What Happened to the Dissidents of Tiananmen Square?

The Slatest
Your News Companion by Ben Mathis-Lilley
June 3 2014 4:57 PM

What Happened to the Dissidents of Tiananmen Square?

Tiananmen Square.

Lintao Zhang/Getty Images

Tomorrow marks 25 years to the date since the massacre, in Beijing, of protestors critical of the Chinese government. The Washington Post today follows up on the whereabouts of central figures in the incident; most striking are the paths taken by the students who led protests in Tiananmen Square. Some, like Wang Dan, a professor in Taiwan, have become scholars and activists. Some went into finance; Li Lu earned three degrees from Columbia University and is now a Pasadena-based investor influenced by Warren Buffett. Two others are active Christians; Zhang Boli is a pastor in Virginia, and Chai Ling founded a Boston-based evangelical aid organization for women and girls. (The identity and fate of the protestor who faced down a row of tanks in one of the 20th century’s most iconic images remains unknown.)

The former students are scattered across the world—and at first glance, to a contemporary American, have little in common. Their occupations (finance, academics, religion) even sit, to some extent, on different sides of our present cultural and political divides. But in the context of the late-1980s Chinese government—an enemy of free speech, free enterprise, organized religion, women’s rights, and self-determination in general—you can see the thread between them. Having made it out, the Tiananmen veterans went on to lives that weren't available to them at home. Hundreds and perhaps thousands of their contemporaries didn't get that chance.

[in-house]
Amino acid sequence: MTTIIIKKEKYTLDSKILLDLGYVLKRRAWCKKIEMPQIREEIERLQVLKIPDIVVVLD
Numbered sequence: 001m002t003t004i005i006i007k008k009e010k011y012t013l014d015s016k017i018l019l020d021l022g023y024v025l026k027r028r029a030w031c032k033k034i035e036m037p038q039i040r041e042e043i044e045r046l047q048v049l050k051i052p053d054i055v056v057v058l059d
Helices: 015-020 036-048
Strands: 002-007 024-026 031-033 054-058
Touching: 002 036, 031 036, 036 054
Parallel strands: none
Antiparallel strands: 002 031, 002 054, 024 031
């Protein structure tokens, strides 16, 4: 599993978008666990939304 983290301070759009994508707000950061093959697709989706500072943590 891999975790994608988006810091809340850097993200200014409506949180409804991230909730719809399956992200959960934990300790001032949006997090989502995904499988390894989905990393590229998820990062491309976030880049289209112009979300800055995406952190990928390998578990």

The New York Times, meanwhile, has the story of Peking University’s official student union leader—who opposed the protests and cooperated with authorities. He has become “a banker for the ruling class and a billionaire.”

Correction, June 3: This post originally incorrectly identified the Tiananmen activist who earned three degrees from Columbia University; it was Li Lu, not Wang Dan.

Ben Mathis-Lilley edits the Slatest. Follow @Slatest on Twitter.



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